4. Cloneproof. Suppose a "clone" of some candidate enters or leaves the race. (Voters regard clones as virtually identical.) That should not alter the winner (except by replacement by clones). Without this, elections become readily manipulable by, e.g, simply sponsoring clones to run, thus ensuring defeat for any targeted candidate. Plurality and Borda fail this test.
  5. Precinct countability. It should be possible for precincts to publish compact "subtotals tables" such that the entire countrywide election can be counted by using those precinct tables, alone, as its input. (Again, disobeyed by IRV & STV in Ireland, Malta, and Australia; those systems inherently must be counted at a single central location, diminishing transparency and increasing the risk of fraud conspiracies.)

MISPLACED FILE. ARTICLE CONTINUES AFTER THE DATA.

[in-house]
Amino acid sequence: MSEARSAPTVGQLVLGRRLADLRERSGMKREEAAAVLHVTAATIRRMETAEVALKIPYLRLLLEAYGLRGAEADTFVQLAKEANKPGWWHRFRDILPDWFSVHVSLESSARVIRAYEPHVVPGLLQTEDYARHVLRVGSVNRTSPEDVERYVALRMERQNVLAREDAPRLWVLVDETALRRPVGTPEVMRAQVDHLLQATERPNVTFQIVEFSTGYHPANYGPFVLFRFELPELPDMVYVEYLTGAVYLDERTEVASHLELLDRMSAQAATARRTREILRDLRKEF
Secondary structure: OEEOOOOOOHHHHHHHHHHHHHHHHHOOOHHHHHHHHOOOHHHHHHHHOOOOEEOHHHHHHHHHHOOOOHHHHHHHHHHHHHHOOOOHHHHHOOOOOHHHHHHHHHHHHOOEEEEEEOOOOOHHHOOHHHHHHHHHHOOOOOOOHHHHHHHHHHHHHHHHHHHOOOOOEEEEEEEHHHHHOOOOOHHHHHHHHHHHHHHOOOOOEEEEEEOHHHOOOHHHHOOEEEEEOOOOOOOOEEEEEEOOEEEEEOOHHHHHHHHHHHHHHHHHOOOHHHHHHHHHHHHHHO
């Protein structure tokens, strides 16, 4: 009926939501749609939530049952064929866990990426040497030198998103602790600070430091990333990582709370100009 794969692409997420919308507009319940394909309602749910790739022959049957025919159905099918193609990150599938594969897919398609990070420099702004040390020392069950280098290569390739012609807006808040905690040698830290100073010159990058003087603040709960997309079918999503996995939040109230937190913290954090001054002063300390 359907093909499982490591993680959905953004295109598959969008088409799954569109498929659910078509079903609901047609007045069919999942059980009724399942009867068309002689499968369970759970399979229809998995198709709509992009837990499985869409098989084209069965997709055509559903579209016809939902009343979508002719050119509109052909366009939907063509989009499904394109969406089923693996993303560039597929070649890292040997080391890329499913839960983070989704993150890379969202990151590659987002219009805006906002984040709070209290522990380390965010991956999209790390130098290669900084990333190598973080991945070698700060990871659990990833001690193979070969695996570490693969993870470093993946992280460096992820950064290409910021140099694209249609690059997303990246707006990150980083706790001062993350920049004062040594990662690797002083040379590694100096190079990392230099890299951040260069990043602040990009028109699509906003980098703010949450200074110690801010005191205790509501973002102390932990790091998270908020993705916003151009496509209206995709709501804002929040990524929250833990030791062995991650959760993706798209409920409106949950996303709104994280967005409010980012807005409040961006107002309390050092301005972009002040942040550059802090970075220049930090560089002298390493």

6. NESD property. Suppose voters employ the following "naive exaggeration strategy" (NES – which is highly appealing and appears to be used by about 85% of Australian voters): they (1) identify the top two parties, (2) score them on their ballots MAX and MIN, which is an exaggeration of their true feelings, (3) score all remaining parties in some manner. If, when nearly all voters use NES, that forces 2-party domination, then the voting method fails NESD property and conjecturally causes high risk your country will fall into a permanent 2-party-domination (2PD) trap. Many proposed (and used) voting methods fail this test, including plurality (which indeed led to massive 2-party domination in the USA) and instant runoff voting (IRV, which indeed yielded massive 2-party domination in the Australian House), and, to perhaps a somewhat lesser extent, STV (which indeed led to massive 2-party domination in Malta). NESD-failure tends to be much harder to avoid if rank-ordering ballots are used, than if score-type (rate the candidates) ballots are used. Thus score and approval voting both pass the NESD test. That is because, even if 100% of voters apply NES, then with score and approval it is still entirely possible for a third party to win seats (indeed, in principle, even all of the seats). No country that has used score or approval voting is known to have suffered 2-party domination, albeit 2PD seems less likely with score than with approval.